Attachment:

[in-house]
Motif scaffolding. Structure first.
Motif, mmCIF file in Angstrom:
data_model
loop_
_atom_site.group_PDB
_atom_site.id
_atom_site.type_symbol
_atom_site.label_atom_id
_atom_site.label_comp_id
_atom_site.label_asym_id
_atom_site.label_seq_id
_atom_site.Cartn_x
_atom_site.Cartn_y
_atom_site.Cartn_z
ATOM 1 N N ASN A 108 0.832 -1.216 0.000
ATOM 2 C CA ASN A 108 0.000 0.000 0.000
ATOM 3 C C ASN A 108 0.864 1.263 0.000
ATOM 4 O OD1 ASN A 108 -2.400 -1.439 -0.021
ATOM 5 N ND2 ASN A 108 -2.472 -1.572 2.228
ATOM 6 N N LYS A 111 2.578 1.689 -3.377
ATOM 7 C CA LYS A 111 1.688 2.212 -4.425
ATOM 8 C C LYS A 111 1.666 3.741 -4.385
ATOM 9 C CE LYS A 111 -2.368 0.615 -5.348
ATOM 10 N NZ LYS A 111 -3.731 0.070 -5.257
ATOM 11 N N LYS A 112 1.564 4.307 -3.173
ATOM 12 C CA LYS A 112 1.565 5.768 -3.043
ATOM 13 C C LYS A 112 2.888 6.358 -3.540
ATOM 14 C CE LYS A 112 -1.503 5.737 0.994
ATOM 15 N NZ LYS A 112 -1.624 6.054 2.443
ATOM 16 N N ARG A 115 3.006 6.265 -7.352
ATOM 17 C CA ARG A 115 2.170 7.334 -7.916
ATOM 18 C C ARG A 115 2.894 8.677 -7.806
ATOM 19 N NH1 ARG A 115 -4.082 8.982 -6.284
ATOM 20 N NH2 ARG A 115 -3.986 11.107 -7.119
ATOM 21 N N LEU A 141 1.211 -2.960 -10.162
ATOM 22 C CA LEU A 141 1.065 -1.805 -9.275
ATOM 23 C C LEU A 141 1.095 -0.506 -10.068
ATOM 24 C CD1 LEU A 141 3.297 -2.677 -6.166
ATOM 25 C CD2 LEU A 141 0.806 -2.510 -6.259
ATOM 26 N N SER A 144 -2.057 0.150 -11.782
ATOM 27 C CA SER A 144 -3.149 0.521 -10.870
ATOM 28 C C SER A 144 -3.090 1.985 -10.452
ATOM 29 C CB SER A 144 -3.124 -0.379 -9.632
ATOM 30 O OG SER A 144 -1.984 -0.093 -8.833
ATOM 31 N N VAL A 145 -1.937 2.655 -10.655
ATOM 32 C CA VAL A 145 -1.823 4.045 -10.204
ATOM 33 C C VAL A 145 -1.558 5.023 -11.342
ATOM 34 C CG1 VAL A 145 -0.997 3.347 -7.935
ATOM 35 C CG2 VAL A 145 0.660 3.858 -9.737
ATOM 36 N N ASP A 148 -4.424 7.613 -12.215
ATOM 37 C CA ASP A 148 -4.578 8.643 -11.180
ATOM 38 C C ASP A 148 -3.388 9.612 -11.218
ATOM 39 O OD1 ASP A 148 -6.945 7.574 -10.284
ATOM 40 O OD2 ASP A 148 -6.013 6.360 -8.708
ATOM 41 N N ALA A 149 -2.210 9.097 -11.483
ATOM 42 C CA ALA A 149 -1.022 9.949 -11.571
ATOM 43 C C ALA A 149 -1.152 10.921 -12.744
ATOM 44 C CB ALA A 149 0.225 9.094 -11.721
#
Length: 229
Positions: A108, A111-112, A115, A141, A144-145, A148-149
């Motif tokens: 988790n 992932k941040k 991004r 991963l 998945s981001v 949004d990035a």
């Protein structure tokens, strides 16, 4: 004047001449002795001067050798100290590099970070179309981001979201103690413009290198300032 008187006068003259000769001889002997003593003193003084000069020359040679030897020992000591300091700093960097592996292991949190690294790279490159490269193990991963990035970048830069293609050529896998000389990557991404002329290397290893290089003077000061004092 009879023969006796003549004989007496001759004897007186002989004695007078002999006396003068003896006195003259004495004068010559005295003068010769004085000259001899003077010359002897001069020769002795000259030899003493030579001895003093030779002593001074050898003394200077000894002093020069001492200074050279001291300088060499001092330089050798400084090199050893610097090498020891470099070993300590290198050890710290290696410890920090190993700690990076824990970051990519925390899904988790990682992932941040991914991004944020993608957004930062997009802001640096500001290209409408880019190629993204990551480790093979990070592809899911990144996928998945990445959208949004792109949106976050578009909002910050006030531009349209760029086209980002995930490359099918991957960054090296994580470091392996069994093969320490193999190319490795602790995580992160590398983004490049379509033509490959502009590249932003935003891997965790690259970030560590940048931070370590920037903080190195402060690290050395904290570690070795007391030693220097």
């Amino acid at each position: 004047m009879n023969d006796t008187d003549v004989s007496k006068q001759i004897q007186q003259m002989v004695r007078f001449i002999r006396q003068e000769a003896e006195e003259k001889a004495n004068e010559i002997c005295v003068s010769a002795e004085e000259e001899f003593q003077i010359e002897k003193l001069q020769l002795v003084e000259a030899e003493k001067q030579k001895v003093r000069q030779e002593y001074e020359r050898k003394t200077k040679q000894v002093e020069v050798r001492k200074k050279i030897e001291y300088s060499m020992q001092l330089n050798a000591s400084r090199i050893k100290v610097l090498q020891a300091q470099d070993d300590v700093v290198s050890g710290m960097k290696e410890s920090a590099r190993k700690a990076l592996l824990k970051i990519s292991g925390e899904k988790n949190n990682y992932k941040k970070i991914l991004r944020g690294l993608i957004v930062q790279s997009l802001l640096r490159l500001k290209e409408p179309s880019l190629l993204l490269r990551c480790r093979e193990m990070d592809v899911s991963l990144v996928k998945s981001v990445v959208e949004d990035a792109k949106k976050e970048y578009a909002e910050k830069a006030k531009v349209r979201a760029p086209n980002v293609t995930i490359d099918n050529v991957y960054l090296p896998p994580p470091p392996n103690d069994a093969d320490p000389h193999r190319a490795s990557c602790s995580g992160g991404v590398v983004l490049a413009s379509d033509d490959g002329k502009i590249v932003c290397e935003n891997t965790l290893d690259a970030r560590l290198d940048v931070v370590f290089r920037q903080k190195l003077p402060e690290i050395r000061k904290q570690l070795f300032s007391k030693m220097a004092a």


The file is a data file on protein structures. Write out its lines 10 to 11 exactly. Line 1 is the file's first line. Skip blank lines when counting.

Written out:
_atom_site.label_comp_id
_atom_site.label_asym_id